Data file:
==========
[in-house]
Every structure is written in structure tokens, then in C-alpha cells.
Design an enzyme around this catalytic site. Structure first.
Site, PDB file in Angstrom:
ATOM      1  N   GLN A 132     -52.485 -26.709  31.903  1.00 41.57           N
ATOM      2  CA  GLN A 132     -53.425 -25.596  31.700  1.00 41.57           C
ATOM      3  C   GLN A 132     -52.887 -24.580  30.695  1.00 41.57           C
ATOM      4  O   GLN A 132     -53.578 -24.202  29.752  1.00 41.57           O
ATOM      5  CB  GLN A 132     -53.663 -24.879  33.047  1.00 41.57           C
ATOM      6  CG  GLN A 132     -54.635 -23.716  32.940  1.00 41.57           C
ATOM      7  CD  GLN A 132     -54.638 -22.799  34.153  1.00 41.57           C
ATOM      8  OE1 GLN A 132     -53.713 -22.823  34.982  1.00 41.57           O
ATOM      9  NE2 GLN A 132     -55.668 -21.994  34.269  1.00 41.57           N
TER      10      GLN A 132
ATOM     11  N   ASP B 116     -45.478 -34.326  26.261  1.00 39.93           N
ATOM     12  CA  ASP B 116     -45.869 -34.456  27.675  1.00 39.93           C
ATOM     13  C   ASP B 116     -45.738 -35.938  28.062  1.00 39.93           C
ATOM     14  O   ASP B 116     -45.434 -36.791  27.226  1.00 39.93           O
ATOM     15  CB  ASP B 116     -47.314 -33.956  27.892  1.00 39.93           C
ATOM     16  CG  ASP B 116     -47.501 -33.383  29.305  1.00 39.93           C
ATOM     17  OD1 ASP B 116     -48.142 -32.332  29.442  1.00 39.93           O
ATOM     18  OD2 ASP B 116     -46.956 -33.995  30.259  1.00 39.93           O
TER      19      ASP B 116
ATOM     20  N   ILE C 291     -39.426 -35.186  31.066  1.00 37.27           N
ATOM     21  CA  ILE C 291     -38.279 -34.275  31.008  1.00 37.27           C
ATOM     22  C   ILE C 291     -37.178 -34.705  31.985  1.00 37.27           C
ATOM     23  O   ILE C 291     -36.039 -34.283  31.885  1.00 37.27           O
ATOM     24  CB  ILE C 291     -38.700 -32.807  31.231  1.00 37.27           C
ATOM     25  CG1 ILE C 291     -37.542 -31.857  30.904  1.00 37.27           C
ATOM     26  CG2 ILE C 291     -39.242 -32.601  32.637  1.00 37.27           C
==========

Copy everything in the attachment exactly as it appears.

[in-house]
Every structure is written in structure tokens, then in C-alpha cells.
Design an enzyme around this catalytic site. Structure first.
Site, PDB file in Angstrom:
ATOM      1  N   GLN A 132     -52.485 -26.709  31.903  1.00 41.57           N
ATOM      2  CA  GLN A 132     -53.425 -25.596  31.700  1.00 41.57           C
ATOM      3  C   GLN A 132     -52.887 -24.580  30.695  1.00 41.57           C
ATOM      4  O   GLN A 132     -53.578 -24.202  29.752  1.00 41.57           O
ATOM      5  CB  GLN A 132     -53.663 -24.879  33.047  1.00 41.57           C
ATOM      6  CG  GLN A 132     -54.635 -23.716  32.940  1.00 41.57           C
ATOM      7  CD  GLN A 132     -54.638 -22.799  34.153  1.00 41.57           C
ATOM      8  OE1 GLN A 132     -53.713 -22.823  34.982  1.00 41.57           O
ATOM      9  NE2 GLN A 132     -55.668 -21.994  34.269  1.00 41.57           N
TER      10      GLN A 132
ATOM     11  N   ASP B 116     -45.478 -34.326  26.261  1.00 39.93           N
ATOM     12  CA  ASP B 116     -45.869 -34.456  27.675  1.00 39.93           C
ATOM     13  C   ASP B 116     -45.738 -35.938  28.062  1.00 39.93           C
ATOM     14  O   ASP B 116     -45.434 -36.791  27.226  1.00 39.93           O
ATOM     15  CB  ASP B 116     -47.314 -33.956  27.892  1.00 39.93           C
ATOM     16  CG  ASP B 116     -47.501 -33.383  29.305  1.00 39.93           C
ATOM     17  OD1 ASP B 116     -48.142 -32.332  29.442  1.00 39.93           O
ATOM     18  OD2 ASP B 116     -46.956 -33.995  30.259  1.00 39.93           O
TER      19      ASP B 116
ATOM     20  N   ILE C 291     -39.426 -35.186  31.066  1.00 37.27           N
ATOM     21  CA  ILE C 291     -38.279 -34.275  31.008  1.00 37.27           C
ATOM     22  C   ILE C 291     -37.178 -34.705  31.985  1.00 37.27           C
ATOM     23  O   ILE C 291     -36.039 -34.283  31.885  1.00 37.27           O
ATOM     24  CB  ILE C 291     -38.700 -32.807  31.231  1.00 37.27           C
ATOM     25  CG1 ILE C 291     -37.542 -31.857  30.904  1.00 37.27           C
ATOM     26  CG2 ILE C 291     -39.242 -32.601  32.637  1.00 37.27           C